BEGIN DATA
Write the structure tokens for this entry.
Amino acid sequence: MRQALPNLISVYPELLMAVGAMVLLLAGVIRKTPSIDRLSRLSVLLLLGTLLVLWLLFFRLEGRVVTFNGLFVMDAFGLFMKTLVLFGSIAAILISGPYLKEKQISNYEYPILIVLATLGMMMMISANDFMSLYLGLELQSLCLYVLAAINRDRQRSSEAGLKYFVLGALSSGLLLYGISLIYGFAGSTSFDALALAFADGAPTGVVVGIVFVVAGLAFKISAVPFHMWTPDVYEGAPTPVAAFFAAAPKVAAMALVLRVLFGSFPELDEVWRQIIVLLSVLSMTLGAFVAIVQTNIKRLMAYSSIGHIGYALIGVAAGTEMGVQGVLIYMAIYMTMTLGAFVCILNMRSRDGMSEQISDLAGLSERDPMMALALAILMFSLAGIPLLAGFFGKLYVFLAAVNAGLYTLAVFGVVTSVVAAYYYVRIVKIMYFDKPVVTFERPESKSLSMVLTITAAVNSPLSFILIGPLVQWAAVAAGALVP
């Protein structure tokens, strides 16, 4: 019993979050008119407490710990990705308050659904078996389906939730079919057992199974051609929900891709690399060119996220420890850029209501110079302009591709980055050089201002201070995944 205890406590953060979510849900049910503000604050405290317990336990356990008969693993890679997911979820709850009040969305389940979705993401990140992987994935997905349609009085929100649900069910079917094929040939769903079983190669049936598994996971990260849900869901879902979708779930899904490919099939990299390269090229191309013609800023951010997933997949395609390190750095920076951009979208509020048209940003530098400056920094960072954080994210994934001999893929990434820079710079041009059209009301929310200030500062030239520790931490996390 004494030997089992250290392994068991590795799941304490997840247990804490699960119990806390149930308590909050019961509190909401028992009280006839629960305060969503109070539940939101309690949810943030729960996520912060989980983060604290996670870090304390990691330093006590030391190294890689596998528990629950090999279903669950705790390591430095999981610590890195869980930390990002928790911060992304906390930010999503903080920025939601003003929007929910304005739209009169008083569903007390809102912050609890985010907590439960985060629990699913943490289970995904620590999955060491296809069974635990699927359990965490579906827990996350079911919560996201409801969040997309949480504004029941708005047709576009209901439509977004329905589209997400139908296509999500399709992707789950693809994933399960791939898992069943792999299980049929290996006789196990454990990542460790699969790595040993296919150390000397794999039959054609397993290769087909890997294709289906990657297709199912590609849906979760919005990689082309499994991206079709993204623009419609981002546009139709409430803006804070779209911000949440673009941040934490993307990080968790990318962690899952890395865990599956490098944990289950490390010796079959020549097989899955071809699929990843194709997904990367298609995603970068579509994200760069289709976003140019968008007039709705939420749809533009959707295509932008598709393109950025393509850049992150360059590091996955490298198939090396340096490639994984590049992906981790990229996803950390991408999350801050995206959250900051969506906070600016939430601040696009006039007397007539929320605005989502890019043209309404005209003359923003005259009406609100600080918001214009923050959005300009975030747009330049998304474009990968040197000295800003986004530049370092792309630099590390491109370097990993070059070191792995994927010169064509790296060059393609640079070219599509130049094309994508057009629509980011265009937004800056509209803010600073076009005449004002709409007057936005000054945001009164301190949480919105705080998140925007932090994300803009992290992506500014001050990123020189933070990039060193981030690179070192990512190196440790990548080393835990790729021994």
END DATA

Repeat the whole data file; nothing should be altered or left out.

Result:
Write the structure tokens for this entry.
Amino acid sequence: MRQALPNLISVYPELLMAVGAMVLLLAGVIRKTPSIDRLSRLSVLLLLGTLLVLWLLFFRLEGRVVTFNGLFVMDAFGLFMKTLVLFGSIAAILISGPYLKEKQISNYEYPILIVLATLGMMMMISANDFMSLYLGLELQSLCLYVLAAINRDRQRSSEAGLKYFVLGALSSGLLLYGISLIYGFAGSTSFDALALAFADGAPTGVVVGIVFVVAGLAFKISAVPFHMWTPDVYEGAPTPVAAFFAAAPKVAAMALVLRVLFGSFPELDEVWRQIIVLLSVLSMTLGAFVAIVQTNIKRLMAYSSIGHIGYALIGVAAGTEMGVQGVLIYMAIYMTMTLGAFVCILNMRSRDGMSEQISDLAGLSERDPMMALALAILMFSLAGIPLLAGFFGKLYVFLAAVNAGLYTLAVFGVVTSVVAAYYYVRIVKIMYFDKPVVTFERPESKSLSMVLTITAAVNSPLSFILIGPLVQWAAVAAGALVP
């Protein structure tokens, strides 16, 4: 019993979050008119407490710990990705308050659904078996389906939730079919057992199974051609929900891709690399060119996220420890850029209501110079302009591709980055050089201002201070995944 205890406590953060979510849900049910503000604050405290317990336990356990008969693993890679997911979820709850009040969305389940979705993401990140992987994935997905349609009085929100649900069910079917094929040939769903079983190669049936598994996971990260849900869901879902979708779930899904490919099939990299390269090229191309013609800023951010997933997949395609390190750095920076951009979208509020048209940003530098400056920094960072954080994210994934001999893929990434820079710079041009059209009301929310200030500062030239520790931490996390 004494030997089992250290392994068991590795799941304490997840247990804490699960119990806390149930308590909050019961509190909401028992009280006839629960305060969503109070539940939101309690949810943030729960996520912060989980983060604290996670870090304390990691330093006590030391190294890689596998528990629950090999279903669950705790390591430095999981610590890195869980930390990002928790911060992304906390930010999503903080920025939601003003929007929910304005739209009169008083569903007390809102912050609890985010907590439960985060629990699913943490289970995904620590999955060491296809069974635990699927359990965490579906827990996350079911919560996201409801969040997309949480504004029941708005047709576009209901439509977004329905589209997400139908296509999500399709992707789950693809994933399960791939898992069943792999299980049929290996006789196990454990990542460790699969790595040993296919150390000397794999039959054609397993290769087909890997294709289906990657297709199912590609849906979760919005990689082309499994991206079709993204623009419609981002546009139709409430803006804070779209911000949440673009941040934490993307990080968790990318962690899952890395865990599956490098944990289950490390010796079959020549097989899955071809699929990843194709997904990367298609995603970068579509994200760069289709976003140019968008007039709705939420749809533009959707295509932008598709393109950025393509850049992150360059590091996955490298198939090396340096490639994984590049992906981790990229996803950390991408999350801050995206959250900051969506906070600016939430601040696009006039007397007539929320605005989502890019043209309404005209003359923003005259009406609100600080918001214009923050959005300009975030747009330049998304474009990968040197000295800003986004530049370092792309630099590390491109370097990993070059070191792995994927010169064509790296060059393609640079070219599509130049094309994508057009629509980011265009937004800056509209803010600073076009005449004002709409007057936005000054945001009164301190949480919105705080998140925007932090994300803009992290992506500014001050990123020189933070990039060193981030690179070192990512190196440790990548080393835990790729021994």